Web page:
Small Business Owners Looking for a Tax Deduction
Is this going to be a good year financially? Did you have a new product or service that was a huge success? Do you think you will pay too much in taxes due to that success? Would you prefer to pay less in taxes and keep more for yourself and save for retirement at the same time?
Setting up a retirement plan could alleviate some of the stress of your tax bill and put you on the right path for retirement. As a small business owner, your business is typically set up in one of two ways. You may be established as an independent contractor or 1099 employee, which is typical in some service businesses, or you may be a corporation. Small businesses that are set up as corporations are very often S- Corps. Under either circumstance, you can take advantage of setting up a retirement plan, which will lower your tax burden while putting monies away for your financial future.
Retirement plans can be set up and funded by a small business regardless of their business structure. The type of plan, the amount you can contribute and your overall tax deduction may differ based upon your structure. Let’s take a look at one of the most popular options that would be available, the SEP IRA.
The SEP IRA allows a business owner to defer a maximum of 25% of their income into the retirement plan each year, which in turn will lower your tax liability. The 25% maximum applies to those business owners who are on payroll and paying themselves via W-2, which is the least common method for independent contractors. Paying yourself via W-2 will allow you to defer a maximum of 25% of the compensation listed on your W-2 for the year.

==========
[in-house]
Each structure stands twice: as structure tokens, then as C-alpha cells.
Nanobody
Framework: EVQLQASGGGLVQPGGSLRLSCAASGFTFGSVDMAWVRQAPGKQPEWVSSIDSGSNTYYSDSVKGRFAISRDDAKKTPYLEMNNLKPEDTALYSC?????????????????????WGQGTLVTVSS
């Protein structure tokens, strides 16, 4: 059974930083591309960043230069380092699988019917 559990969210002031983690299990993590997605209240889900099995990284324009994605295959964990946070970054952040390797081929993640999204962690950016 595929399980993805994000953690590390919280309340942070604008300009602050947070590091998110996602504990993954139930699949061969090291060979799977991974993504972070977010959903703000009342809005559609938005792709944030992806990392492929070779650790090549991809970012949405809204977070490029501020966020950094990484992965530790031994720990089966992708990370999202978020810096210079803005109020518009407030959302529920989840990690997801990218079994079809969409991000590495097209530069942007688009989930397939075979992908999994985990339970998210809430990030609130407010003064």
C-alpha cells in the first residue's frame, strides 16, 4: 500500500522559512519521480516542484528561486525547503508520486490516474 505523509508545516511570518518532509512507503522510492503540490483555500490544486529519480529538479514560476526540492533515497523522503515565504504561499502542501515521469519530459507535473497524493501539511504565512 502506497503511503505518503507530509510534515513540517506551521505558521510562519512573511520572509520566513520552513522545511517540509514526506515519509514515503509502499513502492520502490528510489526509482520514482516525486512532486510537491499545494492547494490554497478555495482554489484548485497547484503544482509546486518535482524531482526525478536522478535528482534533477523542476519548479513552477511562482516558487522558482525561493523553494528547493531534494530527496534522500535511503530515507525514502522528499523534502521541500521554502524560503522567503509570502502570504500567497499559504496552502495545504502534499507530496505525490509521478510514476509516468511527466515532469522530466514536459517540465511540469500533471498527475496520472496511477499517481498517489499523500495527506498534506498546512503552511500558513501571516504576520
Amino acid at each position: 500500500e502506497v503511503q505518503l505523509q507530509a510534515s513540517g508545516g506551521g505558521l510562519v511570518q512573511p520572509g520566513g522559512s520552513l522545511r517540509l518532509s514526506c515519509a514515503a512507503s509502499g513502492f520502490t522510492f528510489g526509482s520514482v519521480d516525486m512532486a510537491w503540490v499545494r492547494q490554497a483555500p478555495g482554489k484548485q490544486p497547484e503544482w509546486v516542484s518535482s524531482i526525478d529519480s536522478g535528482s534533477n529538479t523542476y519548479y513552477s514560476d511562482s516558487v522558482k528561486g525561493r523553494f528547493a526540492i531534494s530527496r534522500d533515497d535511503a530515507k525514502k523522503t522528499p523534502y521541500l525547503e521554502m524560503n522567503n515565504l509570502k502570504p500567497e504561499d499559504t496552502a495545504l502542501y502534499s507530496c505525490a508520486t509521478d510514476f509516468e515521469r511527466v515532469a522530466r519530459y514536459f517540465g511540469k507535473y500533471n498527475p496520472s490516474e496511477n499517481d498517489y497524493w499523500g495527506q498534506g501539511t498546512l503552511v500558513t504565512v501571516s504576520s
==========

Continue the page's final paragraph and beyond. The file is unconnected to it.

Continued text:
Those business owners that are simply using a Schedule C to determine their income for the year, which is most common for 1099 employees, have a maximum contribution of 20% of net income. Schedule C or 1099 employees are synonymous with the same type of employment status and are treated the same for retirement plan purposes.
It does not matter whether you are limited to 20% or 25%, the maximum dollar amount you can contribute for 2018 is $55,000. This amount changes annually, visit the IRS website for current limits. Keep in mind, a SEP IRA simply needs to be set up and funded before your tax filing deadline. The contributions are not mandatory and can change from year to year based upon your annual success. This gives you a lot of flexibility from year to year and plenty of time to review your year-end tax situation prior to contributing.
As an example, if you are an independent contractor (1099) in the 25% tax bracket who had a net income of $200,000 and set up a SEP IRA. The SEP IRA would allow you to make a maximum contribution of $40,000 (20% of your net income). This would lower your taxable income from $200,000 to $160,000. In turn, your tax bill will be reduced by $10,000. Essentially the $40,000 contribution made to your SEP IRA only cost you $30,000.
The SEP IRA will work the same way for those businesses set up as corporations. The only difference will be that they will be able to contribute 25% of their W-2 wages. Keep in mind that you if you are paying yourself via W-2, you can only include the W-2 wages to determine your maximum contribution. Shareholder distributions are not included as compensation for calculating your SEP IRA contribution.
You need to be aware that if you have employees this may not be the best option because you will be required to contribute for employees that have been with you three years or more. The percentage used to determine your contribution would be used for your employees as well, which may create a financial burden.
Mitlin Financial assists our clients in setting up retirement plans for them and their businesses. We would be more than happy to assist you with any questions that you may have on this topic, including which retirement plan would be best for your business. Feel free to contact us, Mitlin Financial, at (844) 4-MITLIN x12 if you or someone you know needs assistance in reviewing their options.
This article represents the opinion of Mitlin Financial Inc. It should not be construed as providing investment, legal and/or tax advice.